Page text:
Bears Depth Chart: Offensive Tackle

Andrew Weber-USA TODAY Sports
Andrew Weber-USA TODAY Sports /
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Jake Roth-USA TODAY Sports
Jake Roth-USA TODAY Sports /

Position Battle (53-man Roster): If the names of the primary back-ups didn’t ring a bell, then the third string tackles probably won’t either. The Bears group of tackles might be the most non-descript group in the league.

After starting at left tackle for two years at Southern Miss and being named 2nd-team all Conference USA, Jason Weaver went undrafted and entered the NFL as an undrafted free agent with the Bengals before being released and spending the rest of 2013 with the Miami Dolphins on their practice squad. His next stop was with the Saints where he attracted the attention of new Bears GM Ryan Pace who signed Weaver off the Saints practice squad. Weaver is a little short for a tackle (6’4, 313) and spent time at both right guard and tackle during his stint with the Saints.

The Bears gave him plenty of snaps in the preseason in 2015 and he flashed the ability to hold his own in pass pro while moving defenders off the ball in the running game. Weaver put in his time on the Bears practice squad last year and reportedly impressed coaches with his work ethic, ability to understand his blocking responsibilities, and versatility to play both guard and right tackle. He’s a long-shot to stick on the final 53-man roster, but is an injury or two away from getting a chance with the Bears in 2016.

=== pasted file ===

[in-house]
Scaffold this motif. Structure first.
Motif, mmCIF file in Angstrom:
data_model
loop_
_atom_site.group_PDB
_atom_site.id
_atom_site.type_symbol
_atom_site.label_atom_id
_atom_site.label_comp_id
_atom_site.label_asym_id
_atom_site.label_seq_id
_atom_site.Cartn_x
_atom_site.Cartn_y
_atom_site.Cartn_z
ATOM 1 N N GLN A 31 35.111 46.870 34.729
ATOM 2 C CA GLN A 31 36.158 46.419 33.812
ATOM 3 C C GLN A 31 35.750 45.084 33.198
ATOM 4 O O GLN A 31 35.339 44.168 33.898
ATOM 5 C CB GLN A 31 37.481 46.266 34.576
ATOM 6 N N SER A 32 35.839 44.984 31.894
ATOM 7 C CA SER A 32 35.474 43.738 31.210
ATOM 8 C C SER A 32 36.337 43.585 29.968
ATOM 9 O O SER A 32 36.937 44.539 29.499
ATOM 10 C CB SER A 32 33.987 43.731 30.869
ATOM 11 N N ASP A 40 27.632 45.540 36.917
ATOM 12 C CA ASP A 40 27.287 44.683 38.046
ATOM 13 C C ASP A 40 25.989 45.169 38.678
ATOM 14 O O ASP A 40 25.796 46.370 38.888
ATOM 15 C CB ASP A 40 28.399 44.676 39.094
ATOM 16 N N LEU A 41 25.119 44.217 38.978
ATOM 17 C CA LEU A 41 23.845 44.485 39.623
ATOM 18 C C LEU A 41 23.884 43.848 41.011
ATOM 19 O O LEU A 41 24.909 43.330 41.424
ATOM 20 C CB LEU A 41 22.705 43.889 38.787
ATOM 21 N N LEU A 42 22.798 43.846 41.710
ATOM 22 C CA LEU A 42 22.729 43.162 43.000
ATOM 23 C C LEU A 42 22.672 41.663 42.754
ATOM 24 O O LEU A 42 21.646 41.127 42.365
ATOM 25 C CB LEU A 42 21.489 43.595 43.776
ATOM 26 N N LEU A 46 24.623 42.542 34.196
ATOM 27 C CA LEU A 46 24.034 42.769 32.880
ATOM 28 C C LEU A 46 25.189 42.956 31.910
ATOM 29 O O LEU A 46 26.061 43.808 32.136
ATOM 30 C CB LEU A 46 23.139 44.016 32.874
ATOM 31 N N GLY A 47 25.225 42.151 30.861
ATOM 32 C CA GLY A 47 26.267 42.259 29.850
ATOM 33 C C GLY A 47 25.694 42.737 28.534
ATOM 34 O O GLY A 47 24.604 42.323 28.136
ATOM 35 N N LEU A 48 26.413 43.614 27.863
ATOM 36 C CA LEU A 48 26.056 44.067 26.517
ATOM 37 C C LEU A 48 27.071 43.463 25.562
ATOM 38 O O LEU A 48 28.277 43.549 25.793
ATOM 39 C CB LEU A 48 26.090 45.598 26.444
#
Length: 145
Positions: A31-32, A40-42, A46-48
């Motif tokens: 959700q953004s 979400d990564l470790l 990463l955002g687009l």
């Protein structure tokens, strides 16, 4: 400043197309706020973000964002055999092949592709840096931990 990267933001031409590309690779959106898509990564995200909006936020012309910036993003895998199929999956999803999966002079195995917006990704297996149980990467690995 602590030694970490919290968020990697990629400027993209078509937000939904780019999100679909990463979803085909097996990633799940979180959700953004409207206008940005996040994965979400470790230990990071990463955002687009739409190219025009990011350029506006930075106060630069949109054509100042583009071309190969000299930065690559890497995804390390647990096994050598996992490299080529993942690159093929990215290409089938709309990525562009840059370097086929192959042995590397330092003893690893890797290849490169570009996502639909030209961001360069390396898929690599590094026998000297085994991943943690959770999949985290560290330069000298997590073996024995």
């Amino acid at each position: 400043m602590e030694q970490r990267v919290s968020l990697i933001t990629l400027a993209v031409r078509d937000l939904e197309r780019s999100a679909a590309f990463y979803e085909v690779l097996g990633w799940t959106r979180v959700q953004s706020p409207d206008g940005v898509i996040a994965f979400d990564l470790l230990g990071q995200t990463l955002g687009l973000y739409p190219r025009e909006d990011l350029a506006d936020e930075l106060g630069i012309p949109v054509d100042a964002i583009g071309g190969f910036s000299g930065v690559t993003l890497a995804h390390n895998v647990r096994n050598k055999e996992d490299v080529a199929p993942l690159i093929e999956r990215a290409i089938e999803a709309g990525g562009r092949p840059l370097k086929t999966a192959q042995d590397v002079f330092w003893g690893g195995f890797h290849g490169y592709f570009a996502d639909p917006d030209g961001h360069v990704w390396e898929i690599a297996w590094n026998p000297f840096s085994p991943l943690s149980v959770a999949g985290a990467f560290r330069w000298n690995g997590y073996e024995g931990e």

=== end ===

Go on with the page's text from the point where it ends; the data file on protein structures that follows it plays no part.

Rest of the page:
Weaver’s primary competition for a spot on the Bears final roster is an undrafted free agent from this year’s draft, John Kling out of Buffalo. Kling is a massive tackle prospect (6’7, 314) who was 2nd team All-MAC last year. He uses his size, long arms, and wrestling background to be a potential mauler in the run game at right tackle. His footwork needs a lot of work in pass protection, but guys with Kling’s size who can move are hard to find and I’d be surprised if the Bears don’t give Kling at least a year on the practice squad to hone his craft.

Another undrafted player from this year’s draft, Adrian Bellard is a right tackle prospect with a chance to stick around on the roster. Bellard is a little small for a tackle (6’5, 310), but dominated the Sun-Belt conference with 114 knockdown blocks without giving up a sack over two seasons. He also more than held his own in his one start against high-end talent vs Florida St. Bellard moves very well for a 300+ pounder and could be an excellent fit for the Bears new zone-blocking scheme which could allow him to be a back-up at both guard and tackle for the Bears and could give him an edge vs both Kling and Weaver who aren’t quite as mobile.

None of the Bears mentioned in this section are close to a sure thing, but they all provide their own unique skill-set and whoever fits best with what the Bears are trying to do on offense this year could earn them at least a practice squad spot. With unproven depth behind the starters, Leno Jr and Massie, one of these relatively unknown players could find themselves in a key backup role for the Bears as soon as early as this season.

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